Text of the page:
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[1] Halo Elecs., Inc. v. Pulse Elecs., Inc., 136 S. Ct. 1923, 1932 (2016) (overruling In re Seagate Technology, LLC, 497 F.3d 1360 (Fed. Cir. 2007). [2] To show willfulness under Seagate, a Patent Owner had to show by clear and convincing evidence that (1) the infringer “acted despite an objectively high likelihood that its actions constituted infringement of a valid patent” and (2) “the risk of infringement ‘was either known or so obvious that it should have been known.’” Id. at 1930, citing Seagate at 1371. [3] Id .at 1932. [4] Id .at 1933. [5] Id. at 1926. [6] Id. at 1935. [7] Finjan, Inc. v. Blue Coat Sys., 2016 U.S. Dist. LEXIS 93267, *47 (N.D. Cal. July 18, 2016); Radware v. F5 Networks, Inc., 2016 U.S. Dist. LEXIS 112504, *9-28 (considering enhanced damages despite granting JMOL of no willfulness) (N.D. Cal. Aug. 22, 2016). [8] Halo, 136 S. Ct. at 1933. [9]) Read Corp. v. Portec, Inc., 970 F.2d 816, 827 (Fed. Cir. 1992) provides nine factors for enhancement analysis: (1) whether the infringer deliberately copied the ideas of another; (2) whether the infringer investigated the scope of the patent and formed a good-faith belief that it was invalid or that it was not infringed; (3) the infringer's behavior as a party to the litigation; (4) the defendant's size and financial condition; (5) the closeness of the case; (6) the duration of the defendant's misconduct; (7) remedial action by the defendant; (8) the defendant's motivation for harm; and (9) whether the defendant attempted to conceal its misconduct. [10] Trs. of Boston Univ. v. Everlight Elecs. Co., Ltd., 2016 U.S. Dist. LEXIS 96045, *7-8 (D. Mass. July 22, 2016). [11] PPC Broadband, Inc. v. Corning Optical Commc’ns. RF, LLC, No. 5:11-cv-761, Mem. Dec. & Order, Dkt. 526 (N.D.N.Y Nov. 3, 2016); Dominion Res. Inc. v. Alstom Grid, Inc., 2016 U.S. Dist. LEXIS 136728 (E.D. Pa. Oct. 3, 2016); Imperium IP Holdings (Cayman), Ltd. v. Samsung Elecs. Co., 2016 U.S. Dist. LEXIS 113307 (E.D. Tex. Aug. 24, 2016); Radware v. F5 Networks, Inc., 2016 U.S. Dist. LEXIS 112504 (N.D. Cal. Aug. 22, 2016); Presidio Components, Inc. v. Am. Tech. Ceramics Corp., 2016 U.S. Dist. LEXIS 110212 (S.D. Cal. Aug. 17, 2016); Enplas. Display Device Corp. v. Seoul Semiconductor Co., 2016 U.S. Dist. LEXIS 105762, (N.D. Cal. Aug. 10, 2016); Arctic Cat Inc v. Bombardier Rec. Prods.., 2016 U.S. Dist. LEXIS 107724 (S.D. Fla. July 27, 2016); Trs. of Boston Univ. v. Everlight Elecs. Co., Ltd., 2016 U.S. Dist. LEXIS 96045 (D. Mass. July 22, 2016); Finjan, Inc. v. Blue Coat Sys., 2016 U.S. Dist. LEXIS 93267, *47 (N.D. Cal. July 18, 2016); Loops LLC v. Phoenix Trading, Inc., 2016 U.S. Dist. LEXIS 155694, *14-15 (W.D. Wash. Nov. 9, 2016). Research includes cases through December 9, 2016. [12] PPC Broadband, Inc. v. Corning Optical Commc’ns. RF, LLC, No. 5:11-cv-761, Mem. Dec. & Order, Dkt. 526, 18- 19 (N.D.N.Y Nov. 3, 2016); Dominion Res. Inc. v. Alstom Grid, Inc., 2016 U.S. Dist. LEXIS 136728 (E.D. Pa. Oct. 3, 2016); Imperium IP Holdings (Cayman), Ltd. v. Samsung Elecs. Co., 2016 U.S. Dist. LEXIS 113307 (E.D. Tex. Aug. 24, 2016); [13] Imperium IP, 2016 U.S. Dist. LEXIS 113307, at *19-20. [14] Id. [15] Id. at *22. [16] Dominion Res. Inc. v. Alstom Grid, Inc.,, 2016 U.S. Dist. LEXIS 136728, at *61-62 (Alstom presented its infringing functionality 9 months after viewing Dominion’s product at a trade show); [17] PPC Broadband, Inc. v. Corning Optical Commc’ns. RF, LLC, No. 5:11-cv-761, Mem. Dec. & Order, Dkt. 526, at 18-19. (Here the court upheld the jury’s finding of willful infringement for several additional reasons, including continuing to use features that were found to infringe in a prior proceeding, concealment, and infringement after the present case.) See id. at *18-28; see also PPC Broadband, Inc. v. Corning Optical Commc’ns RF, LLC, 2016 U.S. Dist. LEXIS 788408, *22 (N.D.N.Y. June 16, 2016). [18] Finjan, Inc. v. Blue Coat Sys., 2016 U.S. Dist. LEXIS 93267, *49 (N.D. Cal. July 18, 2016). [19] Imperium IP Holdings (Cayman), Ltd. v. Samsung Elecs. Co., 2016 U.S. Dist. LEXIS 113307, at *19-20; Dominion, Res. Inc. v. Alstom Grid, Inc., 2016 U.S. Dist. LEXIS 136728, at *61-62. [20] Dominion Res. Inc. v. Alstom Grid, Inc., 2016 U.S. Dist. LEXIS 136728, at *63. [21] PPC Broadband, Inc. v. Corning Optical Commc’ns. RF, LLC, No. 5:11-cv-761, Mem. Dec. & Order, Dkt. 526, at 21. [22] Imperium IP, 2016 U.S. Dist. LEXIS 113307, at *20-21 (enhancement favored when the defendant knew of the patents and litigation related to the patents, but failed to analyze them, instead attempting to buy them through a broker). [23] Finjan Inc. v. Blue Coat Sys., 2016 U.S. Dist. LEXIS 93267, at *50. [24] Presidio Components, Inc. v. Am. Tech. Ceramics Corp., 2016 U.S. Dist. LEXIS 110212, *72 (S.D. Cal. Aug. 17, 2016). [25] Enplas Display Device Corp. v. Seoul Semiconductor Co., 2016 U.S. Dist. LEXIS 105762, *22-24 (N.D. Cal. Aug. 10, 2016). [26] Trs. of Boston Univ. v. Everlight Elecs. Co., Ltd., 2016 U.S. Dist. LEXIS 96045, *8, 11 (D. Mass. July 22, 2016). [27] See also WesternGeco L.L.C. v. ION Geophysical Corp., 2016 U.S. App. LEXIS 17215, *9-10 (Fed. Cir. Sept. 21, 2016)( clarifying that “objective reasonableness of the accused infringer's positions can still be relevant for the district court to consider when exercising its discretion.”). [28] Radware v. F5 Networks, Inc., 2016 U.S. Dist. LEXIS 112504, *23-25 (N.D. Cal. Aug. 22, 2016). [29] Enplas Display Device Corp. v. Seoul Semiconductor Co., 2016 U.S. Dist. LEXIS 105762, *24-25 (N.D. Cal. Aug. 10, 2016). [30] Enplas Display Device Corp. v. Seoul Semiconductor Co., 2016 U.S. Dist. LEXIS 105762, *24-25 (N.D. Cal. Aug. 10, 2016). [31] PPC Broadband, Inc. v. Corning Optical Commc’ns. RF, LLC,, No. 5:11-cv-761, Mem. Dec. & Order, Dkt. 526, at 5. [32] Dominion, 2016 U.S. Dist. LEXIS 136728, at *69-70. [33] Trs. of Boston Univ., 2016 U.S. Dist. LEXIS 96045, at *2. [34] Halo Elecs., Inc. v. Pulse Elecs., Inc., 136 S. Ct. at 1936.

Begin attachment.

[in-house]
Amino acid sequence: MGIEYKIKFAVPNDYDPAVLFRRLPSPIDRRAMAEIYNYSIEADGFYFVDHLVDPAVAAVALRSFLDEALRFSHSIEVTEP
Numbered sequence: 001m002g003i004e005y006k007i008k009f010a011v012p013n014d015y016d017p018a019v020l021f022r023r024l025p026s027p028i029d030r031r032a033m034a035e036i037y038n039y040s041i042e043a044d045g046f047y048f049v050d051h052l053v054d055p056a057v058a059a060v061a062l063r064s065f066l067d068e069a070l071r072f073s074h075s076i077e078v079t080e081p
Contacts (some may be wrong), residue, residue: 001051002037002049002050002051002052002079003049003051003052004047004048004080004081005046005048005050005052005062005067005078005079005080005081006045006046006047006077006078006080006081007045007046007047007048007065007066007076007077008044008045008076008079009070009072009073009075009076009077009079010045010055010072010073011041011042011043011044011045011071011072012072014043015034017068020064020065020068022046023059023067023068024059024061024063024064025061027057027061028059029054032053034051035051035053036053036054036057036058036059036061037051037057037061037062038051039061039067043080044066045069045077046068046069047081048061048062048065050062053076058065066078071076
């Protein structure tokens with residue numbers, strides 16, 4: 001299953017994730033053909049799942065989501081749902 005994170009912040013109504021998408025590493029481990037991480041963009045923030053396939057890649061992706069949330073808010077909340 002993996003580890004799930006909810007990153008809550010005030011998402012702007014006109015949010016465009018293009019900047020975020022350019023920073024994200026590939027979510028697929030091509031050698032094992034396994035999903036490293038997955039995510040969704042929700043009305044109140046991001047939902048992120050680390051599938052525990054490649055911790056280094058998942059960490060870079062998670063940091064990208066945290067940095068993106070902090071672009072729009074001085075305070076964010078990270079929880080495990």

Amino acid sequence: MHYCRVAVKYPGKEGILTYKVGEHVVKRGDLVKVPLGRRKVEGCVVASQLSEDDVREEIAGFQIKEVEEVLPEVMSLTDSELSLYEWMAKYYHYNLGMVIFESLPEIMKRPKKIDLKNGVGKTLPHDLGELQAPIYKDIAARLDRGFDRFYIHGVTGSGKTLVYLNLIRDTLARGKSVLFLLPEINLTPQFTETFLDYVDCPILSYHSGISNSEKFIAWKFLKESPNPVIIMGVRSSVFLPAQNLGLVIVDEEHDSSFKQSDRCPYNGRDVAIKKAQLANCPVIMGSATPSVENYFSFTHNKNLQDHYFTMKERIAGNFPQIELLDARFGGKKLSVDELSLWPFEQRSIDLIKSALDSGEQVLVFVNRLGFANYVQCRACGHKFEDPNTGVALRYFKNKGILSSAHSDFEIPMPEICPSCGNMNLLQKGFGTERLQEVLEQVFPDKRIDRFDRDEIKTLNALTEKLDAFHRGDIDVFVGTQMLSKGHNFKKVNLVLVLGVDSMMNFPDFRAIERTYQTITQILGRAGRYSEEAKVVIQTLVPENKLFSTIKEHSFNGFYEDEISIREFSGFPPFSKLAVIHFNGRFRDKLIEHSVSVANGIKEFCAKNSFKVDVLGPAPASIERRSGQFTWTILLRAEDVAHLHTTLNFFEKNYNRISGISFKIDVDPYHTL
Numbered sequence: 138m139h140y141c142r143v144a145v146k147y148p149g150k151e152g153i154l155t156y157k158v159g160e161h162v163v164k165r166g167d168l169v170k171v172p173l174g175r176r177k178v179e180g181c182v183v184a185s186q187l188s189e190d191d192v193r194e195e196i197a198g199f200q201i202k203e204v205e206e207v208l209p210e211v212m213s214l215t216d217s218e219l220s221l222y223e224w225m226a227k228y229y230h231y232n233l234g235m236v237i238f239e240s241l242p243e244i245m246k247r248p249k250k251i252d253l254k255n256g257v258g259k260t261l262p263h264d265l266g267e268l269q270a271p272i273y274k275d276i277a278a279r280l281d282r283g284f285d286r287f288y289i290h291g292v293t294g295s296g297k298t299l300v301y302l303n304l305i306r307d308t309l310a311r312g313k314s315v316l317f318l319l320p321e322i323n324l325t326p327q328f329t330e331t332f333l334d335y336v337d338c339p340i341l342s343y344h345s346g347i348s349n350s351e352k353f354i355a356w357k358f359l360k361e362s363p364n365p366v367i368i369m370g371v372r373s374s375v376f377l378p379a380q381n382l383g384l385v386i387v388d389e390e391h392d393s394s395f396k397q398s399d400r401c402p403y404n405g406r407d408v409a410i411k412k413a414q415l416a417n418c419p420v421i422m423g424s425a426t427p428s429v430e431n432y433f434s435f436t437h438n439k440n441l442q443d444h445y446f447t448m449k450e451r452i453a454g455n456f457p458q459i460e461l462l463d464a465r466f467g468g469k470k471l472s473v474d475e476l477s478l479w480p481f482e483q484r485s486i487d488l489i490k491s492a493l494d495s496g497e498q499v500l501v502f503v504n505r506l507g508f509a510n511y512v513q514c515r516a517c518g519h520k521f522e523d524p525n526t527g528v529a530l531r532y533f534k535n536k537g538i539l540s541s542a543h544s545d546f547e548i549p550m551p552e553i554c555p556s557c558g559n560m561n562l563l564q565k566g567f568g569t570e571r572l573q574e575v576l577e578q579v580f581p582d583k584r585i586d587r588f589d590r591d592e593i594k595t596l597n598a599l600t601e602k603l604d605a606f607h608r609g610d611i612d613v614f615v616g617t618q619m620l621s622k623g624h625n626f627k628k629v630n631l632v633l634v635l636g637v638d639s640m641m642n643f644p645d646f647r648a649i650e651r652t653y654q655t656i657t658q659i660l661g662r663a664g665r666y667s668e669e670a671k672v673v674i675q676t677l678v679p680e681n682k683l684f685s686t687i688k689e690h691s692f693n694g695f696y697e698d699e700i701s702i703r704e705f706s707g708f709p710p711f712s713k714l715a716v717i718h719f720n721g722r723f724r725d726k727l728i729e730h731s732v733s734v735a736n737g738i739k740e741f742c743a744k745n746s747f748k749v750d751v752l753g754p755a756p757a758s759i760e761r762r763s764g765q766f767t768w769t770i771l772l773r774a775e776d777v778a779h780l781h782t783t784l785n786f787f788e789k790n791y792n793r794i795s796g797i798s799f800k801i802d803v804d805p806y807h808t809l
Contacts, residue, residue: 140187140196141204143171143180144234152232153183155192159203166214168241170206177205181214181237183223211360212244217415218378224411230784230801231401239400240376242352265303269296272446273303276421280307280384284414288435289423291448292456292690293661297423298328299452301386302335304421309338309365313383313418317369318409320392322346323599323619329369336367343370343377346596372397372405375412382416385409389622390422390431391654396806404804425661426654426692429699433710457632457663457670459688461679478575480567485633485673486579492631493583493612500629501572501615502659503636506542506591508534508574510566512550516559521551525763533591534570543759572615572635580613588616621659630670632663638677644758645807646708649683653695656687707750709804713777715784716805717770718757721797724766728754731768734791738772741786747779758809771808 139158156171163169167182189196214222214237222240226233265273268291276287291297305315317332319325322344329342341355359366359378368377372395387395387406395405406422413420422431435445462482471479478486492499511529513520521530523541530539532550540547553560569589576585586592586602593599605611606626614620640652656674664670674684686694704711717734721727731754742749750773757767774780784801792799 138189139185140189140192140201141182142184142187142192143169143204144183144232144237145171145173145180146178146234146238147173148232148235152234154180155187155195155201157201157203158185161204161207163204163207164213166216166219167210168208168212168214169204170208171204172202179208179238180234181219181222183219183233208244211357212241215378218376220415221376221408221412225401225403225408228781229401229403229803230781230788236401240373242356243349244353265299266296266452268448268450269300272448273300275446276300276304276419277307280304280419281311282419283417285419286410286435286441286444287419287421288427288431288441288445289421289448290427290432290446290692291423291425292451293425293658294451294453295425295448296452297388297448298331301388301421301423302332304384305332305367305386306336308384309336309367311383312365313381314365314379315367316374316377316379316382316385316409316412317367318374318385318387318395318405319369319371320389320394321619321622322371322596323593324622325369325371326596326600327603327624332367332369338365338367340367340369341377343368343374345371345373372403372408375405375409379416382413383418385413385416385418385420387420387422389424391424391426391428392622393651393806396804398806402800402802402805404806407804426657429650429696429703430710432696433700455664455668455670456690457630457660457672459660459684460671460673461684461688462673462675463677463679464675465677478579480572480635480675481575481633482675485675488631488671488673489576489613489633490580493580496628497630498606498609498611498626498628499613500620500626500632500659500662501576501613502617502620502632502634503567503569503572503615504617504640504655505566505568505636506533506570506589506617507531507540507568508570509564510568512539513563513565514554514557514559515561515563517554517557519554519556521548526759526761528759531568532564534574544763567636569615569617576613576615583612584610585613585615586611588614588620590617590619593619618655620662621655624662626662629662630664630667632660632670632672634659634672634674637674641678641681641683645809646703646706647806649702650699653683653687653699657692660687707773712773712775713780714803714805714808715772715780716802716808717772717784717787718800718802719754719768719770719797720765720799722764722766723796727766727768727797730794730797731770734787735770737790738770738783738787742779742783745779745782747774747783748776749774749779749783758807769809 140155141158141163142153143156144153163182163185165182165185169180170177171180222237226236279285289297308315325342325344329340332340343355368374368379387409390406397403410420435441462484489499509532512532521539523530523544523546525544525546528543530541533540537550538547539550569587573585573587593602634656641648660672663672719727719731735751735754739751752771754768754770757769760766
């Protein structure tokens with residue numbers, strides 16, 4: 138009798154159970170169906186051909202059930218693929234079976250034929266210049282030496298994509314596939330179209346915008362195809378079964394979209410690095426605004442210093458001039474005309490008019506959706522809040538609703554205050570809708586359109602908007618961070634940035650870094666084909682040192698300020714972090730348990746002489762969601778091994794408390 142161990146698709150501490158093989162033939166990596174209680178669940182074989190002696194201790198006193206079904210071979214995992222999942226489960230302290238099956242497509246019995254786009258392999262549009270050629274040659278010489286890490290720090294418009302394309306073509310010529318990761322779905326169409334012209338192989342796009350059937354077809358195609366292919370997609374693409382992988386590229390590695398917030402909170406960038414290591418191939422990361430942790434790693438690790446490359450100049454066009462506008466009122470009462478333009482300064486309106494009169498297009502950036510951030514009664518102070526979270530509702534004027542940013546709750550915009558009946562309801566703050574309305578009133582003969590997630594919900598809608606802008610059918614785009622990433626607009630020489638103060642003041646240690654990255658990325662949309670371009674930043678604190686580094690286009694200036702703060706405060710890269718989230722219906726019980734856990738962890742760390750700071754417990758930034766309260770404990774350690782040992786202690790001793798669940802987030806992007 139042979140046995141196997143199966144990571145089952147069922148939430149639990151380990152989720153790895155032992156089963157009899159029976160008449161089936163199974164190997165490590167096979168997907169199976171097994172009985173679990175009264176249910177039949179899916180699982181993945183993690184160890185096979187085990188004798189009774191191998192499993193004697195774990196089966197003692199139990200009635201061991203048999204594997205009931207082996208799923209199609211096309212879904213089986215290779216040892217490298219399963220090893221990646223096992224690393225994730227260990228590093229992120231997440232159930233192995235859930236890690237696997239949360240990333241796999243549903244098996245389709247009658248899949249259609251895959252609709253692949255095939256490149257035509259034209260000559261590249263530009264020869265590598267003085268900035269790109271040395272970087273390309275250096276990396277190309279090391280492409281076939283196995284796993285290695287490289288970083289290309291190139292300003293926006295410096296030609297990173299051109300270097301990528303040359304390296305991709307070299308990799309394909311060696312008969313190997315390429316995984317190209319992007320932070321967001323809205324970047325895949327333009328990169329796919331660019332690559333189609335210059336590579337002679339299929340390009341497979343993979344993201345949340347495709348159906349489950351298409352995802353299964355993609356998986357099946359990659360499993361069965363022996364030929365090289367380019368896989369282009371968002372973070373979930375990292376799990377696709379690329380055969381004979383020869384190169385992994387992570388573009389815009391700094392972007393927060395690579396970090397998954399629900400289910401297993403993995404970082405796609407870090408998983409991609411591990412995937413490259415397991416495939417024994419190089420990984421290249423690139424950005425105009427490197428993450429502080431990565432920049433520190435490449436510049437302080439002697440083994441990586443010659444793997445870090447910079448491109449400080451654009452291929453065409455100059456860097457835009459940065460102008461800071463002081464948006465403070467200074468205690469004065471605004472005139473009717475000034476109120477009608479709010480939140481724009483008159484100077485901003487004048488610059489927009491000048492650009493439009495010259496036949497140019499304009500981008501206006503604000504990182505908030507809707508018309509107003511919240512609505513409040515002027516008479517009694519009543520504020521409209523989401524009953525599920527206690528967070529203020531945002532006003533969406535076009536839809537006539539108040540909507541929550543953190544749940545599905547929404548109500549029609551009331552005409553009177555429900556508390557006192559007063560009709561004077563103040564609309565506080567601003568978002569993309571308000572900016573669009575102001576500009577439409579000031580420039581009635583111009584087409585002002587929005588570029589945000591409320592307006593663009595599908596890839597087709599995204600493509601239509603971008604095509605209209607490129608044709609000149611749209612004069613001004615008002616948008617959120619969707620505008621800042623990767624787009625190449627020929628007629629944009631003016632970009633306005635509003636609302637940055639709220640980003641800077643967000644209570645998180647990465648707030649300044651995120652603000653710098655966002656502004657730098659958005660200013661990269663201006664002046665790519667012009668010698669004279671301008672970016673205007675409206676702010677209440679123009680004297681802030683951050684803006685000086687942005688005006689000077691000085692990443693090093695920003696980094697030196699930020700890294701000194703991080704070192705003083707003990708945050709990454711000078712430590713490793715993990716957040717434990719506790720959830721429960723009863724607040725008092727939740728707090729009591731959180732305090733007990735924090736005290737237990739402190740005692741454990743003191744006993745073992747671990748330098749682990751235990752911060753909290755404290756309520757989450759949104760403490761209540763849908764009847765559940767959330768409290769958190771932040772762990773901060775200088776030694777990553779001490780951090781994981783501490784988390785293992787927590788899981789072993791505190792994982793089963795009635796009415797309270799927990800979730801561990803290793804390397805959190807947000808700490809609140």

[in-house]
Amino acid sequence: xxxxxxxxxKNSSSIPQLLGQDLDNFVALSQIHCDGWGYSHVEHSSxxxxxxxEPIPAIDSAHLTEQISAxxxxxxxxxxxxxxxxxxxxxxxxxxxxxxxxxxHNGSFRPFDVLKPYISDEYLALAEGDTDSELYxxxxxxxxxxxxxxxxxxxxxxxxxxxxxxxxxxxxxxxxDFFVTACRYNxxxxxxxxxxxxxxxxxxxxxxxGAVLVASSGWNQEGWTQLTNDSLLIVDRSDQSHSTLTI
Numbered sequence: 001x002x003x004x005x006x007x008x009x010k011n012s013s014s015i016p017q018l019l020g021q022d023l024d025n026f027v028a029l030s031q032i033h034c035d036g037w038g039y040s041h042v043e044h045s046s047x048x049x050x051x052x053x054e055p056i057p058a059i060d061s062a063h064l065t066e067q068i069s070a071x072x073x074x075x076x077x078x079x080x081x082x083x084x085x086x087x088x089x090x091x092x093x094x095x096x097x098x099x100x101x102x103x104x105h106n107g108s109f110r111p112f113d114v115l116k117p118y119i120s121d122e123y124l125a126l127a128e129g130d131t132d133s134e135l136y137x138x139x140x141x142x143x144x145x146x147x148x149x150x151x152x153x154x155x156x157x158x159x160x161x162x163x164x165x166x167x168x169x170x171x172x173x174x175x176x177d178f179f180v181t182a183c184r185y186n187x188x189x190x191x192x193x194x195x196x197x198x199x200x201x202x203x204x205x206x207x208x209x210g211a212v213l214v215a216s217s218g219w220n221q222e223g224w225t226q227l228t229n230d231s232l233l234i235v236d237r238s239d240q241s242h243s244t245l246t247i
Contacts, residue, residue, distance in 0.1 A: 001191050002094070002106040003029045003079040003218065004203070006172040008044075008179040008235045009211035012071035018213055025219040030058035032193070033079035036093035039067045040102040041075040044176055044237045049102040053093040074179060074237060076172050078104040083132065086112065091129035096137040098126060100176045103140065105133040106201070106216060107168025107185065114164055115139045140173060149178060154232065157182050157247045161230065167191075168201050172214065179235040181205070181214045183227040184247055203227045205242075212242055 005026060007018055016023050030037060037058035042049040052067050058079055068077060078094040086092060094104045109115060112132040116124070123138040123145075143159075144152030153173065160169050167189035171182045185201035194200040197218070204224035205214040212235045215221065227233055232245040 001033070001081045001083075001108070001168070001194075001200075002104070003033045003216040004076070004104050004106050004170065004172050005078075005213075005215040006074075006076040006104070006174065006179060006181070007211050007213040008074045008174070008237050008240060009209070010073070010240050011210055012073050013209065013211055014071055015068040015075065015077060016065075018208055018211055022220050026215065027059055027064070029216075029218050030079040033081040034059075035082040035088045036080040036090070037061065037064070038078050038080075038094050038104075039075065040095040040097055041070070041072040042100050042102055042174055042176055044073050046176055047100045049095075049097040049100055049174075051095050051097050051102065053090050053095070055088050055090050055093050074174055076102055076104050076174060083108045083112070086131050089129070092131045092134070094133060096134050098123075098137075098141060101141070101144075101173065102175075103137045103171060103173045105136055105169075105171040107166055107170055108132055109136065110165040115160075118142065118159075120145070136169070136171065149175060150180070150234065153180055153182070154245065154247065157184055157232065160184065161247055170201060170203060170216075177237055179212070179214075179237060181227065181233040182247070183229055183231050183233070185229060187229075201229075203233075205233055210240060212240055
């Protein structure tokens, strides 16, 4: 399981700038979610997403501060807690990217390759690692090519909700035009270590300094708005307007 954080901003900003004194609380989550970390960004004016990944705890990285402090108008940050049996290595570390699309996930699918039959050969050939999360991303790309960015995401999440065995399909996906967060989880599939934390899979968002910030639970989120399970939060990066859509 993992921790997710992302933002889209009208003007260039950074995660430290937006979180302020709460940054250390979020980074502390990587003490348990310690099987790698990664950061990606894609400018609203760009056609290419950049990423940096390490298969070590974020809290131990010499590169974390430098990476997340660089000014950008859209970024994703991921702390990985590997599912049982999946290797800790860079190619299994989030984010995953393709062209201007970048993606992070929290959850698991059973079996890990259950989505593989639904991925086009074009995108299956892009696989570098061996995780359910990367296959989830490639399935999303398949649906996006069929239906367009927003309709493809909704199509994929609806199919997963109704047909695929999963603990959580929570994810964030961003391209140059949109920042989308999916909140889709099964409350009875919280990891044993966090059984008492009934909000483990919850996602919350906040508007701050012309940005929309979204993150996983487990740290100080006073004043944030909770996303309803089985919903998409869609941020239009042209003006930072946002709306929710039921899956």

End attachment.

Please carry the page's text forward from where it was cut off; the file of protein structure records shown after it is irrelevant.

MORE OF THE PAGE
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Volume 48, Issue 2